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Top Of The Table – Pandemic Legacy

by Matt Miller on Nov 03, 2017 at 03:00 PM

Pandemic Legacy Season 2 is rolling out to players as we speak, following up on one of the most acclaimed and wildly entertaining board games of the last several years. If you've already played Season 1, you hardly need me to tell you why you should be excited about its sequel, but you might be in for a surprise about just how different this follow-up really is. If you didn't play Pandemic Legacy: Season 1, you're in for a treat. While either game can be tackled and enjoyed on its own, I strongly recommend snagging a copy of the first game (one of our selections for the best tabletop games of 2015) and enjoying the full ride, and then continuing into the fun of the second season, which has just released. 

Pandemic Legacy (in both seasons) is a game about discovery, secrets, and sudden twists. As such, from here on out, I won't be spoiling significant events or gameplay that is part of that experience, beyond talking about the way that each season's story opens, or elements that are apparent from the rulebook. If even that is more detail than you wish, you may wish to jump ship after this paragraph. I'll simply pass along that these two board games are both well worth the price of admission, and different enough to justify playing both. Take that info, do with it what you will, and stop reading here. If you'd like to know a bit more, read on. I'll do my darndest not to ruin anything.

Season 1 and 2 each have two box covers; the interior contents are identical

Rather than my normal Top of the Table recommendation of a single game, today I wanted to look at the phenomenon of Pandemic Legacy as represented by both games. Few board games have true sequels in the way we've come to expect in mediums like movies or video games, in which the stories and events of the first game carry over into new revelations in a subsequent installment. Viewed together, Pandemic Legacy: Seasons 1 and 2 present a fascinating arc filled with drama in storytelling and constantly evolving gameplay, both built to be played cooperatively with 2-4 players. Legacy games demand that players accept the consequences of their actions, face new situations that arise from wins or losses, and confront new situations and goals over time. Both seasons of Pandemic Legacy define the concept of the legacy experience, asking gaming groups to kill off player characters, tear up old cards, add stickers into the rule book, open top-secret dossiers, and sometimes completely change the entire objective of subsequent sessions. And it does it all on top of the bedrock of a time-tested game design that is itself a fantastic experience.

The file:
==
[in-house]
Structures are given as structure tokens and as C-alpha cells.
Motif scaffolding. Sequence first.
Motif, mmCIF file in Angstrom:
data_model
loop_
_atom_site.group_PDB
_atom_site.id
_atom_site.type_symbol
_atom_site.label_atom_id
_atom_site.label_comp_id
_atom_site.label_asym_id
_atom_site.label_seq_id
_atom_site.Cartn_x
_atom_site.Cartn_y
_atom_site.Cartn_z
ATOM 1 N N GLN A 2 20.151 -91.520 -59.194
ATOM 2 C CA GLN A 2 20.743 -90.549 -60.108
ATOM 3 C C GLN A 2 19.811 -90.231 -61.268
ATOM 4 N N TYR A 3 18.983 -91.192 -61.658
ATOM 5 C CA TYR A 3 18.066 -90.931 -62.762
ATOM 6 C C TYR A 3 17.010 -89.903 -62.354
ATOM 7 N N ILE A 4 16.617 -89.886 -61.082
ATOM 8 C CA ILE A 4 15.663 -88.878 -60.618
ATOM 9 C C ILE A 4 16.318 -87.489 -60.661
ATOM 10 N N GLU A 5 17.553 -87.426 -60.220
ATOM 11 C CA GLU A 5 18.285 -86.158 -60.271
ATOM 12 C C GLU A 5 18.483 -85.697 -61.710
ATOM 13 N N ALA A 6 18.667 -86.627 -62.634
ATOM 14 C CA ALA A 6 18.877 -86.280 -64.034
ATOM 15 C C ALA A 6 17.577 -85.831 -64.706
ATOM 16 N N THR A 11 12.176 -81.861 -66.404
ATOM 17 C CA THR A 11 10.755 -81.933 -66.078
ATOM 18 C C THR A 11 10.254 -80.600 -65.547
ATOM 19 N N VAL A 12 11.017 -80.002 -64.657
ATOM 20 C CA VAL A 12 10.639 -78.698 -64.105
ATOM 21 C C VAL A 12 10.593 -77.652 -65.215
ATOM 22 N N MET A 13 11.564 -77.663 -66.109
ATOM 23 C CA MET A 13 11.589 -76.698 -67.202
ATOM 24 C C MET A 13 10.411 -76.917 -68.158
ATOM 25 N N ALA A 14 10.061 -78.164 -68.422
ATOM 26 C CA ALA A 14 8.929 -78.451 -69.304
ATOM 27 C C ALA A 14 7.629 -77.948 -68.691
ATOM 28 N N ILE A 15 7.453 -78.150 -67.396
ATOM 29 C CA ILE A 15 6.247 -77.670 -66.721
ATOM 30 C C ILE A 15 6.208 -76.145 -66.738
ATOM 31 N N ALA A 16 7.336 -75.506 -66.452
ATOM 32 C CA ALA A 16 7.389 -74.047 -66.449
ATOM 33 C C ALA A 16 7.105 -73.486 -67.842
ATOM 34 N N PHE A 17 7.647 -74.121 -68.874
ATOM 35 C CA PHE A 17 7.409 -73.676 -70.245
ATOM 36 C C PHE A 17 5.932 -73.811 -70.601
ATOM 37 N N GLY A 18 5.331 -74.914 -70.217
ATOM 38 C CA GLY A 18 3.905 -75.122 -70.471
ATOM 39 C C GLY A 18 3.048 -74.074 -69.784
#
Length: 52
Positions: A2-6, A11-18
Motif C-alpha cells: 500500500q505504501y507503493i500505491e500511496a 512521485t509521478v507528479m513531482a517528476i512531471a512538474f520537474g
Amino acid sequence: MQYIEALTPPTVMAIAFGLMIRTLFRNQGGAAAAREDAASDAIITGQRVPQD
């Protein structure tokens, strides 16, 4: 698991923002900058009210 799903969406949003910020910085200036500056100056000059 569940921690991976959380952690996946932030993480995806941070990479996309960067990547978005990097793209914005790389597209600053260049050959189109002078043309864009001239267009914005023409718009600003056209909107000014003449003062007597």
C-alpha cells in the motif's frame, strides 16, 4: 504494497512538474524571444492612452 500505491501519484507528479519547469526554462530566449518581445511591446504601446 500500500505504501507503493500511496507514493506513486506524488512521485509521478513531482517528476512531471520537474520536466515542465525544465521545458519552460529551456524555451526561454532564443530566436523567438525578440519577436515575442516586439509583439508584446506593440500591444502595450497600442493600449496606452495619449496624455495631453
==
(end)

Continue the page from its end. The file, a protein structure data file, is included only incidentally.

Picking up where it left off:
For many years over the last decade, the original Pandemic has been my go-to game for introducing new players to the hobby of board gaming. While there are plenty of wonderful party games, family games, and other experiences that provide a fun evening with friends, the entryway into more thematic and strategic games can be a challenging transition. I've always found Pandemic an ideal fit for that goal. The cooperative experience uses a real-world setting, an identifiable threat, and cooperative mechanics that keep everyone at the table engaged. As doctors and scientists, players work together to conquer a series of diseases sweeping the globe, treating and hopefully curing these epidemics while managing outbreaks and other challenges. One deck of cards reveals cities as they get infected, and another deck provides cards that allow players to move about the board and cure diseases. The game has a relatively short playtime, but surprisingly engaging globe-trotting action, and is a great one-off adventure with friends. To this day, I'd still recommend that original game (and its expansions) as an ideal introduction to engaged hobby boardgaming.